A group of app developers is suing Facebook over an alleged “anticompetitive scheme” and monopolistic behavior, according to NBC News.
In a proposed class-action lawsuit, “a group of companies behind now-defunct Facebook apps is suing the social media giant, claiming illegal monopolistic behavior.” The lawsuit is based on documents that NBC News and other journalists gained access to last year, and that paint a less-than-appealing picture of Facebook, and Mark Zuckerberg in particular.
According to those documents, Zuckerberg and other Facebook executives, used user data as a bargaining chip to keep other app developers in line, all the while portraying the moves as being in the interest of protecting user privacy.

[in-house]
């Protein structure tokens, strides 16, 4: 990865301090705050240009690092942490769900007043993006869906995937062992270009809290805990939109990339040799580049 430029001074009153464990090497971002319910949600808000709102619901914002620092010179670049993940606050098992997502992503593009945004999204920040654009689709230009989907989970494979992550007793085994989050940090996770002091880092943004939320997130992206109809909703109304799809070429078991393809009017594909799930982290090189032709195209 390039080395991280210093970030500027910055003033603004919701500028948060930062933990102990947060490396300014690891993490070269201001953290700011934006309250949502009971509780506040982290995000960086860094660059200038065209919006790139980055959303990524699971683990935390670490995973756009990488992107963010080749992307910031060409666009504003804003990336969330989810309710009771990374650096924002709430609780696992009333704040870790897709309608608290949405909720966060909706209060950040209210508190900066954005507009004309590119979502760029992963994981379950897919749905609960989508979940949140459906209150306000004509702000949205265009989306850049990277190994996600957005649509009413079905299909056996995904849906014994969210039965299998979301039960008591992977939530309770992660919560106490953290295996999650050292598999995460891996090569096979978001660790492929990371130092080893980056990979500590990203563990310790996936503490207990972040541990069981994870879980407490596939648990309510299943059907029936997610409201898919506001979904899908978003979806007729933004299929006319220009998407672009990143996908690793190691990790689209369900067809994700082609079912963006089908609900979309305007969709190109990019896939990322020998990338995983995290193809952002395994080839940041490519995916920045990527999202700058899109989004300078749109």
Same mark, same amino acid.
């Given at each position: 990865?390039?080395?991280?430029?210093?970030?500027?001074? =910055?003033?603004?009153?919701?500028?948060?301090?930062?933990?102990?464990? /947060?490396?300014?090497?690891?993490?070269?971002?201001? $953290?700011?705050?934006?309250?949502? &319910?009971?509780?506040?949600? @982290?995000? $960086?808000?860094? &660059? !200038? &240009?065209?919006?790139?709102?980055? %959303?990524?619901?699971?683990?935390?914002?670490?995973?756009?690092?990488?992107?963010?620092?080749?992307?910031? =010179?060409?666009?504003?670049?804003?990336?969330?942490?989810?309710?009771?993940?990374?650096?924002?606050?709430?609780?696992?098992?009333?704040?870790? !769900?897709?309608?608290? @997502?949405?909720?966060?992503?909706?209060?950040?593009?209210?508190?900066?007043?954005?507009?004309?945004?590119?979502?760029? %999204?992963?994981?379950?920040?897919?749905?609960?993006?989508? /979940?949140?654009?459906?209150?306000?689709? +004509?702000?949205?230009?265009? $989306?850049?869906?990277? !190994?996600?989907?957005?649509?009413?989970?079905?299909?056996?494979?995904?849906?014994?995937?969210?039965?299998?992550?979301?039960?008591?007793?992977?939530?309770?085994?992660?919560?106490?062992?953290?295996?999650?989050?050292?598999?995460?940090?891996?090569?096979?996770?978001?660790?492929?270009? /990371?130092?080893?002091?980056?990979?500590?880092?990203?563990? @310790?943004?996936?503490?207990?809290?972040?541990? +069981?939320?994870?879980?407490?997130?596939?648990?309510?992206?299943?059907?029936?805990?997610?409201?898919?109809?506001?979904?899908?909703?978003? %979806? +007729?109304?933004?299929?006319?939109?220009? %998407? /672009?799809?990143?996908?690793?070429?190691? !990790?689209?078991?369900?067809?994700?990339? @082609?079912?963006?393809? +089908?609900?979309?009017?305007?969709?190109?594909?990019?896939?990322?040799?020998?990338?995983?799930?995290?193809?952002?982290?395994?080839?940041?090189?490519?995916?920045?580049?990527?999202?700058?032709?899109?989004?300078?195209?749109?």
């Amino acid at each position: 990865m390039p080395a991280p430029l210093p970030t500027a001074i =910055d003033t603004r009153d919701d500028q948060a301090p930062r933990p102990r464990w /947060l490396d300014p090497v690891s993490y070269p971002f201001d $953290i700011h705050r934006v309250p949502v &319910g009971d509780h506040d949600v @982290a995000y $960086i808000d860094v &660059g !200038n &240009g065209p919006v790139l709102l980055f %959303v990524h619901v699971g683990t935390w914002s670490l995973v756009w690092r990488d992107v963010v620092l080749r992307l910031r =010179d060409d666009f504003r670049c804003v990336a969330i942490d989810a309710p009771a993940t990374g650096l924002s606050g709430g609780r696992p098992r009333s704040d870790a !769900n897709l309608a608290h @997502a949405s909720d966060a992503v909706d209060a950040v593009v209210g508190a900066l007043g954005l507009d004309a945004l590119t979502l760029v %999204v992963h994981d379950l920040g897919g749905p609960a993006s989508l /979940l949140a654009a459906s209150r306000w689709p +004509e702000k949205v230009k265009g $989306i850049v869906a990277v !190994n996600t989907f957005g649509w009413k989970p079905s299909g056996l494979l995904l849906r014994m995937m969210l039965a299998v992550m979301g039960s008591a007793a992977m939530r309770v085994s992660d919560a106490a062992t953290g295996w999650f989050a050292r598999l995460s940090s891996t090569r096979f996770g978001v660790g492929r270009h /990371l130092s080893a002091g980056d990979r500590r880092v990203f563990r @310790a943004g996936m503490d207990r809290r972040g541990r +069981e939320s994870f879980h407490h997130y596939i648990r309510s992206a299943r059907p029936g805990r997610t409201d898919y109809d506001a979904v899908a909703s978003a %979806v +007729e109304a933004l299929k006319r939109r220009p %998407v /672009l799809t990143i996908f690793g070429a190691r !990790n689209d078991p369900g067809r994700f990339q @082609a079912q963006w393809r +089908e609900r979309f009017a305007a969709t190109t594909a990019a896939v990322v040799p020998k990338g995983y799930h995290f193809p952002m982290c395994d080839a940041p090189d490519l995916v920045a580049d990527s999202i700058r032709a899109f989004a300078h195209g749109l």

The complaint alleges that “this action seeks to halt the most brazen, willful anticompetitive scheme in a generation — a scheme that verges on final, irreparable completion as of the date of this Complaint. Facebook stands today as a paragon of unbridled market power.”
The Mercury News quotes Yavar Bathaee, a partner at law firm Pierce Bainbridge and co-lead counsel as saying: “Facebook faced an existential threat from mobile apps, and while it could have responded by competing on the merits, it instead chose to use its might to intentionally eliminate its competition.”
This is just the latest scrutiny and legal challenges Facebook has faced, both in the U.S. and in Europe. For a company trying to reassure users and legislators alike that it can play fair, this is the last thing the company needs.